2

In Note, ‘The “Probable Cause” Requirement for Search Warrants’, Harvard Law Review, 46.8 (1933), 1307–1311 https://doi.org/10.2307/1331624, the following text appears:

The exact limits which the Fourth Amendment places on the power of Congress to provide for the issuance of search warrants have never been satisfactorily determined. Within recent years, however, there has been a noticeable tendency to regard the constitutional requirement of "probable cause" and the statutory test of "probable cause to believe", prescribed by the National Prohibition Act[1], as synonymous. At the same time, warrants for smuggled goods, issued merely upon "cause to suspect" in accordance with the present Tariff Act, have been sustained as an "exception", because the Collection Act of 1789, passed more than two years before the Fourth Amendment was ratified, contained a similar provision.

What is the distinction between "probable cause to believe" and (probable) "cause to suspect"? I can't understand the difference. The article goes on to imply that "probable cause to believe" is a stricter, harder-to-achieve standard than the previous conception of "probable cause."

By the way, I searched the Volstead Act for the phrase "probable cause to believe," and it doesn't seem to appear, so I don't know what the author's talking about there either.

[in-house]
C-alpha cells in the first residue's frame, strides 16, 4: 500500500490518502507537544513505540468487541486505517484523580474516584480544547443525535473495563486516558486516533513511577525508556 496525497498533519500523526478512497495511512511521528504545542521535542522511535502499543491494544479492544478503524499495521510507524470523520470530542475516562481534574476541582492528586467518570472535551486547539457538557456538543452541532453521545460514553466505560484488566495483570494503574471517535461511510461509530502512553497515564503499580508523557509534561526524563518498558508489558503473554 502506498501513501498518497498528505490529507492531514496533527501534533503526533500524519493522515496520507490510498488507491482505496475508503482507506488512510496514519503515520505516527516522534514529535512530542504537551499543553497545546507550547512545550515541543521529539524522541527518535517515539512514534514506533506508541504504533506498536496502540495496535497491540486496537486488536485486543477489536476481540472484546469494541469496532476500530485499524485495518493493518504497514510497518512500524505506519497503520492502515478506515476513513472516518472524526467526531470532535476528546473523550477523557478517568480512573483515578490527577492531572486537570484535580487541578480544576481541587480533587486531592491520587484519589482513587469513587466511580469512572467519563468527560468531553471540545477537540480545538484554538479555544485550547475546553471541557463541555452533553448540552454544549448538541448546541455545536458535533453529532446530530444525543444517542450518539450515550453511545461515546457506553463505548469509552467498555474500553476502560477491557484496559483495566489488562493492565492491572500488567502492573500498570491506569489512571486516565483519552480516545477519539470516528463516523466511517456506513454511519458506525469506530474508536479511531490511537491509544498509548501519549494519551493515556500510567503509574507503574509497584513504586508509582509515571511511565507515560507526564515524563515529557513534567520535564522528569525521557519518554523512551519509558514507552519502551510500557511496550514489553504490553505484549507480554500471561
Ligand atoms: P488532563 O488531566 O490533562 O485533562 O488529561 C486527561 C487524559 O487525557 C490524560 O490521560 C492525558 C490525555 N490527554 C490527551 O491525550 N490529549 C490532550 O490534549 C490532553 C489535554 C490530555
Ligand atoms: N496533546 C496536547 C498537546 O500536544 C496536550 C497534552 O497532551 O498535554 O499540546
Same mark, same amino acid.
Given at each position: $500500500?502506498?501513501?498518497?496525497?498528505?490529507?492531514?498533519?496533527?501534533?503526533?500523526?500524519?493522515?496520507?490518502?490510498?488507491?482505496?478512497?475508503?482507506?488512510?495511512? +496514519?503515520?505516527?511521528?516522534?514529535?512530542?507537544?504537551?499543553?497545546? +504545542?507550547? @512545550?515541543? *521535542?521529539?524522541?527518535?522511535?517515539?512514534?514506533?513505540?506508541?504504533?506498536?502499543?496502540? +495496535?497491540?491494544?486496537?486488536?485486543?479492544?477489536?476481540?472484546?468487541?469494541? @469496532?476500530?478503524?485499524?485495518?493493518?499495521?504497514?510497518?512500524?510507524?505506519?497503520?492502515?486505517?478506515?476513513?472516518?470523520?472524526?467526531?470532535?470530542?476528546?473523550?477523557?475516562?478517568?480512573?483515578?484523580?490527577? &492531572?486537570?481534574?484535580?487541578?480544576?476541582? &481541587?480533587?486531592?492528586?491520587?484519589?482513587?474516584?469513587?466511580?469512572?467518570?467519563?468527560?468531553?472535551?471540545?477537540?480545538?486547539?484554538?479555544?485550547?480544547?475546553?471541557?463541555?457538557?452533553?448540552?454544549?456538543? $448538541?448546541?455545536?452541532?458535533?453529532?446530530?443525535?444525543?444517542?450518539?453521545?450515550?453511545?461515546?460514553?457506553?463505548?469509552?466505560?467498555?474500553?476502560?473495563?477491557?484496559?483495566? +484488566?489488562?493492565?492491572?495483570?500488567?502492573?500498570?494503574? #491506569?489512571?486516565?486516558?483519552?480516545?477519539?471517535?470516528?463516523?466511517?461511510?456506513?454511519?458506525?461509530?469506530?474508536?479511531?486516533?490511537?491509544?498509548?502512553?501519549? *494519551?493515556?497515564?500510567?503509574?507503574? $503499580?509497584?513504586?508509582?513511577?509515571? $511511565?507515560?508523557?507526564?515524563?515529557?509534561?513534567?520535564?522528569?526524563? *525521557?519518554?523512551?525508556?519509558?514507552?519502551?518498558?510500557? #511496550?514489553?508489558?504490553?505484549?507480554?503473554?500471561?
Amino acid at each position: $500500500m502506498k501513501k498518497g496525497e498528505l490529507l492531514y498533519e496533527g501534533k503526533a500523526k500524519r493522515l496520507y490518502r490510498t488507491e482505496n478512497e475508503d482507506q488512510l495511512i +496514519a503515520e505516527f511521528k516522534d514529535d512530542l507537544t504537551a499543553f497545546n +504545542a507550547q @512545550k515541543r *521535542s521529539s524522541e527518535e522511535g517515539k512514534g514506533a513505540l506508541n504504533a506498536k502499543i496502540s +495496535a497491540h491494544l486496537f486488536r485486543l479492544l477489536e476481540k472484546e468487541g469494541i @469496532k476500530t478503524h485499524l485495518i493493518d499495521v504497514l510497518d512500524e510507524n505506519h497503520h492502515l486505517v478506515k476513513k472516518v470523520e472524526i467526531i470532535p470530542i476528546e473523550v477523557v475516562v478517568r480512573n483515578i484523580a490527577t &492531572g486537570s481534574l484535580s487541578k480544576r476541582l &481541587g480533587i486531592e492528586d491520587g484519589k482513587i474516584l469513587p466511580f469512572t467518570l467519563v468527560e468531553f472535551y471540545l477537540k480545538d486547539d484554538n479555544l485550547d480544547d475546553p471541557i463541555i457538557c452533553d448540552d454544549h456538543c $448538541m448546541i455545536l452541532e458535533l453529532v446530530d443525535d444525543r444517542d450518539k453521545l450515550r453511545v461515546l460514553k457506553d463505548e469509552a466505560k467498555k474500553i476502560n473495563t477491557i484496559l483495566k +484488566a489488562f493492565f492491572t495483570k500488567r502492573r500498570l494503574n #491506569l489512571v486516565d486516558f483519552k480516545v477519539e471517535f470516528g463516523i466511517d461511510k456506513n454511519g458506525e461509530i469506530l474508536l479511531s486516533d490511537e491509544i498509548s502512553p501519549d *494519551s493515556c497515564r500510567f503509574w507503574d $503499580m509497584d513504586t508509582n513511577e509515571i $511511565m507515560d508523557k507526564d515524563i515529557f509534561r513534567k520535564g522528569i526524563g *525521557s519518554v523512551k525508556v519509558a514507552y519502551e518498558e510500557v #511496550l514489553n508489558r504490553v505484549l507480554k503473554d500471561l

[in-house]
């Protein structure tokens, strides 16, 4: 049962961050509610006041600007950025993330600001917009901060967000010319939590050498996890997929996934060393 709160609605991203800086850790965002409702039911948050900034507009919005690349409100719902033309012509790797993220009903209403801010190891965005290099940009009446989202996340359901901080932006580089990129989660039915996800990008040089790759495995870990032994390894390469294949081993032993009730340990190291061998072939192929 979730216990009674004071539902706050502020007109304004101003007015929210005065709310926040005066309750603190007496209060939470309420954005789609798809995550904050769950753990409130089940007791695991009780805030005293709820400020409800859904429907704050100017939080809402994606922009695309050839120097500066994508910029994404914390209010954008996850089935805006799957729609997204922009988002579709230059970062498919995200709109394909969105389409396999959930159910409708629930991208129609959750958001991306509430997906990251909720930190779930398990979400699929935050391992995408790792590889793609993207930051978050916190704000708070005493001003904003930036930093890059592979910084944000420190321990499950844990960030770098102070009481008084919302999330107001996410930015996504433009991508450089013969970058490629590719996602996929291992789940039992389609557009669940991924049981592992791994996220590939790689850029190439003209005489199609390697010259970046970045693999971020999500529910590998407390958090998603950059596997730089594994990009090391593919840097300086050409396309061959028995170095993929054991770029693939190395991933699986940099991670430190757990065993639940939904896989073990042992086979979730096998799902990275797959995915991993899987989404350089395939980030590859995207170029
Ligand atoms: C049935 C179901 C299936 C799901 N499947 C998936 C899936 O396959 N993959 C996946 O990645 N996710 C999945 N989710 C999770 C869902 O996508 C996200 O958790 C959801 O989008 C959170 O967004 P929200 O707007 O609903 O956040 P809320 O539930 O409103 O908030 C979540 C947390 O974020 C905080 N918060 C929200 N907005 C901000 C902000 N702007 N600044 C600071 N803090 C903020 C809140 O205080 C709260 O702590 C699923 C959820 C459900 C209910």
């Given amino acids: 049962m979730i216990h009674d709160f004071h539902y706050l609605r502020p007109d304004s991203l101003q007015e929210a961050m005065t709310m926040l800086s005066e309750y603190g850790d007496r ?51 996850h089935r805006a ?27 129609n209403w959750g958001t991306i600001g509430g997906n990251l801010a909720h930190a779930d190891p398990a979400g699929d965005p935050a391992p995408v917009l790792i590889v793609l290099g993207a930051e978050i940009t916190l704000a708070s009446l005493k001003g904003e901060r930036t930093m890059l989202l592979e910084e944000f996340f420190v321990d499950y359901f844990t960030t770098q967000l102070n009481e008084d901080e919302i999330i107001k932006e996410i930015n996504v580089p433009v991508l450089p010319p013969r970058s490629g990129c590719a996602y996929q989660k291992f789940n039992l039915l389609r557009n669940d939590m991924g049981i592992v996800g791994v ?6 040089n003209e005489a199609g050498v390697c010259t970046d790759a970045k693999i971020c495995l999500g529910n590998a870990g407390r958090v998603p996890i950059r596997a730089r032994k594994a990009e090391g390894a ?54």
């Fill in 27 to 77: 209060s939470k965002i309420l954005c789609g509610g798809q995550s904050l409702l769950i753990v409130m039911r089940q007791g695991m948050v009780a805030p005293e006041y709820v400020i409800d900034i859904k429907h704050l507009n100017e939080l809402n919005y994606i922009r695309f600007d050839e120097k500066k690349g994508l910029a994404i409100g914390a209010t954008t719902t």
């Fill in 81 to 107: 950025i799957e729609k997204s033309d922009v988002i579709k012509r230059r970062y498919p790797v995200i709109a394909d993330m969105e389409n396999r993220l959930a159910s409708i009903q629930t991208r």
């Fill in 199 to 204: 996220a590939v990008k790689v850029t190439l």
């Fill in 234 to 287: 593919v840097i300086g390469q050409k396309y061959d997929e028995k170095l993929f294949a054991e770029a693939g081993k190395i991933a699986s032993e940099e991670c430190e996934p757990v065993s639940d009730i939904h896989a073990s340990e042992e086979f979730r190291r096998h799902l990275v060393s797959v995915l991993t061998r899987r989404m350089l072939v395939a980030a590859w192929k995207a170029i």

[1]: 41 STAT. 308 (1919), 27 U. S. C. § 11 (1926).

1

The difference is stylistic only. There are not two different substantive probate cause standards in the U.S. law of constitutional criminal procedure. "Probable cause to believe" is simply old fashioned wording.

I will try to locate some authority to this effect if I can.

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  • The article strongly begs to differ. – Calion Jun 26 at 0:34
  • 1
    @Calion The Article was written in 1933. The standards were really developed in the 1950s to 1970s. – ohwilleke Jun 27 at 0:58
  • I understand that the meanings may have changed in that time, but certainly there was probable cause jurisprudence prior to that. – Calion Jun 30 at 21:17

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